Frugal Woodworking

Woodworking Tips for Affordable Woodworking

Category : Protection

Affordable Eye Protection

I have been using Fastcap Safety glasses with 2.0 bifocal lenses in the shop.  They have served me well and more than ever I need the bi-focal boost to see the close-up stuff better.  Recently the nose piece on the Fastcap split and became un-repairable (I think this is no longer an issue on the newer version.)   But when I checked Amazon I also found these Crews Bearcat glasses with 2.o bifocal for half the price (under $5) as long I as I included them with some other purchase.  They are made by MCR Safety. I decided to give it a shot.

It turns out, for me they work out pretty nicely.  The earpiece length is not adjustable like the Fastcaps are, but they happen to fit me.  I am happy with the clarity of the lenses and how the bifocal lined up for me.  I’ve been using them for a couple of weeks now without complaint.  According to the wrapper, they meet ANSI Z87 and are 99.9% UV Protective.  Crews is a US company, but the glasses are made in Taiwan



Chisel Protectors

Here are three approaches to chisel protectors that work:

  1. Free – Bottle caps sliced on edge. See it on LumberJocks
    PROS: variety of widths, visible tips
    CONS: not very pretty, cumbersome
  2. Custom width edge protectors made with blue painters tape and plasti-dip.  See it on Popular Woodworking  A variation on this is to use mold-able silicon like Sugru.
    PROS: variety of widths, color codeable, secure fitting
    CONS: 1 can of Plasti Dip is more than you need for just chisel guards
  3. Purchase the set of plastic ones
    PROS:  No shop time required, they look good
    CONS: You are stuck with the size and shapes in the set.
  4. Use an assortment of vinyl tubing cut to length
    PROS: secure, protective
    CONS: not pretty, can allow sharp tip to protrude from end of tube or item to enter the tube
Sources for the products:

Here is the video of making the Plasti Dip Chisel Guards


Lifetime Guarantee Tools

Investing in tools that carry a lifetime warranty can be a good way to protect your investment and as a result, remain frugal.   The problem I have run into on occasion is that the brand name that carries the guarantee sometimes gets warn off or falls off the tool with use.  When this happens it becomes difficult to exchange it for a replacement tool if it breaks.

It becomes worthwhile to protect that label or other markings in order to protect your investment.

shellac over label

A couple of quick coats of shellac over the handle and label, protect the brand on the label and protect the warranty.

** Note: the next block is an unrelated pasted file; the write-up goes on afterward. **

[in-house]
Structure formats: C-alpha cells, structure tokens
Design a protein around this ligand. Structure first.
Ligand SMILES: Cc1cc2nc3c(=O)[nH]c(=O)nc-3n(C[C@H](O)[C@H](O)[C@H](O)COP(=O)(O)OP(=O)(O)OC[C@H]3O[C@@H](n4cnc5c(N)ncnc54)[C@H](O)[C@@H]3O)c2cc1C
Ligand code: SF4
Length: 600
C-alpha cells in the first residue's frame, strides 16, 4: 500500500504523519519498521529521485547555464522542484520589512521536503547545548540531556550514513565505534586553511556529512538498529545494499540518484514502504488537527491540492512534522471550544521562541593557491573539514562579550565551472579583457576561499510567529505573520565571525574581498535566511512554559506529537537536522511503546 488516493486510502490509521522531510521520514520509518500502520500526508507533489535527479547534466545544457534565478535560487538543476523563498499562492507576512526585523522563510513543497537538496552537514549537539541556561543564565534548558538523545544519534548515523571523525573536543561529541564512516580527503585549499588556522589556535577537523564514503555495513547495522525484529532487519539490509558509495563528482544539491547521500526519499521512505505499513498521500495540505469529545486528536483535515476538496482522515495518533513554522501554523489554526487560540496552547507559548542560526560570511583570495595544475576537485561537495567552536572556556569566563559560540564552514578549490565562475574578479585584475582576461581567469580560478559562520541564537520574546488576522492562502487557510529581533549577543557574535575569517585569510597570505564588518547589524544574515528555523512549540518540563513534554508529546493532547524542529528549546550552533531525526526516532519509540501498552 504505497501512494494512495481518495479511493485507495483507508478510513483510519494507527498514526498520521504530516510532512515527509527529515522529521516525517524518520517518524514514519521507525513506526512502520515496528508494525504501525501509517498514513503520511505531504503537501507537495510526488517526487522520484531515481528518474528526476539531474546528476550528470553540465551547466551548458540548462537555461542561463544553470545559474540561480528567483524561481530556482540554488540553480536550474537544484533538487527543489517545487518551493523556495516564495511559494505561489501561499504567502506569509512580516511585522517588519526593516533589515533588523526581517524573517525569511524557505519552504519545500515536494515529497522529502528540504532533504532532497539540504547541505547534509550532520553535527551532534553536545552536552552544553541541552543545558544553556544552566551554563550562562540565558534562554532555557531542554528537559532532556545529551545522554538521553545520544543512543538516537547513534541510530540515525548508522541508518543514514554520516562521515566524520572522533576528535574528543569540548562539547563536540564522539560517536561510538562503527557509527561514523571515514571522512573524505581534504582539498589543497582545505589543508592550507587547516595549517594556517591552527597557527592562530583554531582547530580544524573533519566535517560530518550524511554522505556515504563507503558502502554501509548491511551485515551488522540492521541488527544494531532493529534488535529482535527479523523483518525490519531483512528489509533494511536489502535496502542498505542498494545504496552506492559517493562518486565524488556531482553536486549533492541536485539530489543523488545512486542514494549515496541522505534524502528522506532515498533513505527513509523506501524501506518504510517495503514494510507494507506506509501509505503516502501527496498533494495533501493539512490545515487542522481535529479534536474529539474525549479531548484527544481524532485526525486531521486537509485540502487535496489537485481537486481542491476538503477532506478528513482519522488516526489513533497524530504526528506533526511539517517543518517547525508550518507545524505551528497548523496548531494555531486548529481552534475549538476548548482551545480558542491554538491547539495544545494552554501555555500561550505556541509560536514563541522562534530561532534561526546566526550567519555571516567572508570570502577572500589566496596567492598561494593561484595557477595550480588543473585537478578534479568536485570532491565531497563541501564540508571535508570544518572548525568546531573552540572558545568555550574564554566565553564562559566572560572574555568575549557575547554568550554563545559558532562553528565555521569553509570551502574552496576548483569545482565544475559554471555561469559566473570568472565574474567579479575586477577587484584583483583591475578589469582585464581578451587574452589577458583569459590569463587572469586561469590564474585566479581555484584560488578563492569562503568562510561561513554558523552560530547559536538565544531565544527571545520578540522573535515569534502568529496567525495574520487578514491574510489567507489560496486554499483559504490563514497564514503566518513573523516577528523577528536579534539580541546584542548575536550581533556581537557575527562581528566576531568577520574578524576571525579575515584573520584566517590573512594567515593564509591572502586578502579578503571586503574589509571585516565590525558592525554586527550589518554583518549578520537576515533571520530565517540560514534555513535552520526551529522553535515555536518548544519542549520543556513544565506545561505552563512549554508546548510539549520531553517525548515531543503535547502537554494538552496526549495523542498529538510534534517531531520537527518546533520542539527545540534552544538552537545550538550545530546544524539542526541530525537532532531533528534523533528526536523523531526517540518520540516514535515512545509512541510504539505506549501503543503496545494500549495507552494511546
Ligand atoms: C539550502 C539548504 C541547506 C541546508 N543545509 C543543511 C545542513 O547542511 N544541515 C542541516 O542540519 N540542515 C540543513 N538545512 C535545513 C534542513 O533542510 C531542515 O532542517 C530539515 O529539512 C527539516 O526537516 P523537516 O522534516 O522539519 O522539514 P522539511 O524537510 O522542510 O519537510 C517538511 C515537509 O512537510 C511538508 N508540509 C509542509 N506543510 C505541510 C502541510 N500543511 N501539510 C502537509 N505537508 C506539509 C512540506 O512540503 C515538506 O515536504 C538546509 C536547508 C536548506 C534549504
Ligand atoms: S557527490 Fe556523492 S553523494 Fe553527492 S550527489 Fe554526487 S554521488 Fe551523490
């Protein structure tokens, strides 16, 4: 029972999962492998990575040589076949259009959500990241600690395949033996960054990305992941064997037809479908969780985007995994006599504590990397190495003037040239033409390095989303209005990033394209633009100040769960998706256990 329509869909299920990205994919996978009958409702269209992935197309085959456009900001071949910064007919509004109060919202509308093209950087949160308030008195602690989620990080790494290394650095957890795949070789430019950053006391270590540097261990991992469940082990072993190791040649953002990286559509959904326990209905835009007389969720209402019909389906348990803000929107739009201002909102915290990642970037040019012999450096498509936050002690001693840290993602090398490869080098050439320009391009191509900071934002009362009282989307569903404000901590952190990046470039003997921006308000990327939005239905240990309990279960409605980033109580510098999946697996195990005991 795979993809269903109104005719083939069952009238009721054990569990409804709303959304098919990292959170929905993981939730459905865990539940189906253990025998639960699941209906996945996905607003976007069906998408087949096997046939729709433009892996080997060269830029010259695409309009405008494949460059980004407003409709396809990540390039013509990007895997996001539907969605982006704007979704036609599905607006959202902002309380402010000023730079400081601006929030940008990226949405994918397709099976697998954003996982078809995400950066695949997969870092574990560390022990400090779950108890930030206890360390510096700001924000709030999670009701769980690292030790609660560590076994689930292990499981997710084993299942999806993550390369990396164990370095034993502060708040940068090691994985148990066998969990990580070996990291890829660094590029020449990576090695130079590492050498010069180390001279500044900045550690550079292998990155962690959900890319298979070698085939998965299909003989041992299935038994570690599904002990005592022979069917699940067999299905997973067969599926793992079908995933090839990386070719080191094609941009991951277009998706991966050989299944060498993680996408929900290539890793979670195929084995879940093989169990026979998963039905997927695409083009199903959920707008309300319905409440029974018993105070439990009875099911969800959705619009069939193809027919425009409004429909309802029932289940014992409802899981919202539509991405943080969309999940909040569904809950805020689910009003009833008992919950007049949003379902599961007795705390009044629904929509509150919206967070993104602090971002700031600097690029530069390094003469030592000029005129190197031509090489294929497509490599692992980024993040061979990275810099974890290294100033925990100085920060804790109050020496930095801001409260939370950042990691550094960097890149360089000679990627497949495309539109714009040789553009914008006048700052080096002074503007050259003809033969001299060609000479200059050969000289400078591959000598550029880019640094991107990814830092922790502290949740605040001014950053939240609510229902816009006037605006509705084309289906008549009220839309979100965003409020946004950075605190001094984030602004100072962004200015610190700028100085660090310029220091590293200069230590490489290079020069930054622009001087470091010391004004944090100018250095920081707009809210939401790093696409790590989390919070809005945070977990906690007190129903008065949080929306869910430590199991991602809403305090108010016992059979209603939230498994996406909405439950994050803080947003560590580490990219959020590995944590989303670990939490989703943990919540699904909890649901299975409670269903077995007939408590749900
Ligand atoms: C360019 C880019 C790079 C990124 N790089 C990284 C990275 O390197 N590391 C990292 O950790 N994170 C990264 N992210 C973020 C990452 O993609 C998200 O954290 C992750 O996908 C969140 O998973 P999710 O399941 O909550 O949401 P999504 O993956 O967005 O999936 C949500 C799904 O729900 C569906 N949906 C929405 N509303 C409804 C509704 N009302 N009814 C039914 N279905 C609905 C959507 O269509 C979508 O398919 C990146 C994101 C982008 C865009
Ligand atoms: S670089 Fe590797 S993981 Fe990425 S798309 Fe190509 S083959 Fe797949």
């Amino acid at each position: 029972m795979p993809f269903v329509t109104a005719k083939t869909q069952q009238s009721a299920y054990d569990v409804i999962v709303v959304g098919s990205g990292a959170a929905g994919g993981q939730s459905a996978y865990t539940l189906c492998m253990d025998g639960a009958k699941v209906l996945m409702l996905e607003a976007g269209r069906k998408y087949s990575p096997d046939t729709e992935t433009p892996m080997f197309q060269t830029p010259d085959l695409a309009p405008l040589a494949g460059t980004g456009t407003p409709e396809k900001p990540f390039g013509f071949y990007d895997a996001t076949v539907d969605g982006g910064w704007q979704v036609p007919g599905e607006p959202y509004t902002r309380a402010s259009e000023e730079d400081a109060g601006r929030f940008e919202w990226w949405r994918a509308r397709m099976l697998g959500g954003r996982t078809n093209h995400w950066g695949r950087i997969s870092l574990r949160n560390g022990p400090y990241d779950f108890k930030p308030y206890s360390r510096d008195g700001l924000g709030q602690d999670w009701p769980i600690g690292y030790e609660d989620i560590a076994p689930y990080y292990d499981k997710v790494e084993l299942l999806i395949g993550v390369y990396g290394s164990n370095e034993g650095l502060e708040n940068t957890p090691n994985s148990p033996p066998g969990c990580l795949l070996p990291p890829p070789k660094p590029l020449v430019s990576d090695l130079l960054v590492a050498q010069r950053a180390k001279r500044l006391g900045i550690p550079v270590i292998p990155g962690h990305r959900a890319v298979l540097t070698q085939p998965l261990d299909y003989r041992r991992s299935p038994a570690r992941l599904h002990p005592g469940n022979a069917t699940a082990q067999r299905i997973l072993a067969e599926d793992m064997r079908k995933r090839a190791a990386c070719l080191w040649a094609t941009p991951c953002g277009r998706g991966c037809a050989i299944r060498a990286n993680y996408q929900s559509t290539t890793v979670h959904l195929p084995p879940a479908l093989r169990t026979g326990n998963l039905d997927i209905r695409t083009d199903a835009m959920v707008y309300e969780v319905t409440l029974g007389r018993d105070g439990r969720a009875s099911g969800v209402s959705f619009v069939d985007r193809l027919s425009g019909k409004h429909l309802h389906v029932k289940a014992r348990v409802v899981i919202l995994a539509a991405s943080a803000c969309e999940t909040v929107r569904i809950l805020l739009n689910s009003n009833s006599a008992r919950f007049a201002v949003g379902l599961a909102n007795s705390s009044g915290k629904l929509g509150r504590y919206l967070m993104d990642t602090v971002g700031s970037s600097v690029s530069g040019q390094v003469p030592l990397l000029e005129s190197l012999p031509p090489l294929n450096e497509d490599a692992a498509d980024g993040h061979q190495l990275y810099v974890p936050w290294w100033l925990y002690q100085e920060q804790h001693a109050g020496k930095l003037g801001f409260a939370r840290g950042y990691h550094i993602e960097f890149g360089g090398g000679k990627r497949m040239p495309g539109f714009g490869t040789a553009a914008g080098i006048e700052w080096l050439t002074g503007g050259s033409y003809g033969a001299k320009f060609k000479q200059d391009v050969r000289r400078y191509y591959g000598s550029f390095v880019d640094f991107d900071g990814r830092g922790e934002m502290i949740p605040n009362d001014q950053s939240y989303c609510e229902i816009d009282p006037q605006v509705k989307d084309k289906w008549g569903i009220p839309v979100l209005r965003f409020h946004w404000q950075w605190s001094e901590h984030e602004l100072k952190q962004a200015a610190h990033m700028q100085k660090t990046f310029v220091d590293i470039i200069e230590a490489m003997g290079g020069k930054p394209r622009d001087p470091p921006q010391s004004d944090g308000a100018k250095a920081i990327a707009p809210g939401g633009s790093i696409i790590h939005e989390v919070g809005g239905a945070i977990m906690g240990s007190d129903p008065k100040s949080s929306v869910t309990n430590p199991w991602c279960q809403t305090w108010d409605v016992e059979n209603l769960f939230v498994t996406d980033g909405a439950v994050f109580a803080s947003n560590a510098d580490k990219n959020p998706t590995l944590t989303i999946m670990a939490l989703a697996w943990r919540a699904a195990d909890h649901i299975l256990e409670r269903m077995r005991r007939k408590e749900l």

Here are some tips that I use to protect the branding of the tool in order to protect my investment:

  • Be proactive. Take a digital photo of the tool while it still has the branding on it.  Save it on your computer in a folder dedicated to your tools.  This also helps if you ever need to file an insurance claim.
  • If the brand name is printed or painted on a tool’s wooden handle, put a coat or two of polyurethane over it.  Use spar polyurethane if they are outdoor tools.  This will help keep the branding from getting warn off.  Shellac can be used for indoor tools if you prefer.
  • If the only branding is on a printed label, cover it with a few coats of poly or shellac.  You should spot test it first as the mineral spirits in the poly may damage the printing on some labels and the alcohol in shellac may damage others
  • If the branding is printed , but not etched, on a metal portion of the tool and is not on a functioning surface of the tool then a bit of boiled linseed oil can help protect it from wear and rust. (Don’t apply it too thick or it will become gummy.  Thin coats are better.)
  • If the name is etched into the metal, then just keep the area protected from rust.
  • A file folder in the workshop for receipts can also help.

Ounce of Prevention Beats a Pound of Replacement

One of the basic ideas behind being a frugal woodworker is to protect your investment in the tools you already have.  Oil on tools, paste wax on table saw tops, and now, plastic bags over calculators.

I have a calculator I keep in the shop and to keep sawdust and grimy hands from shortening its life, I follow this tip and put a small zip loc bag over it.  I can use it through the bag, but grime can’t get in to foul up the works.

Bag your shop calculator.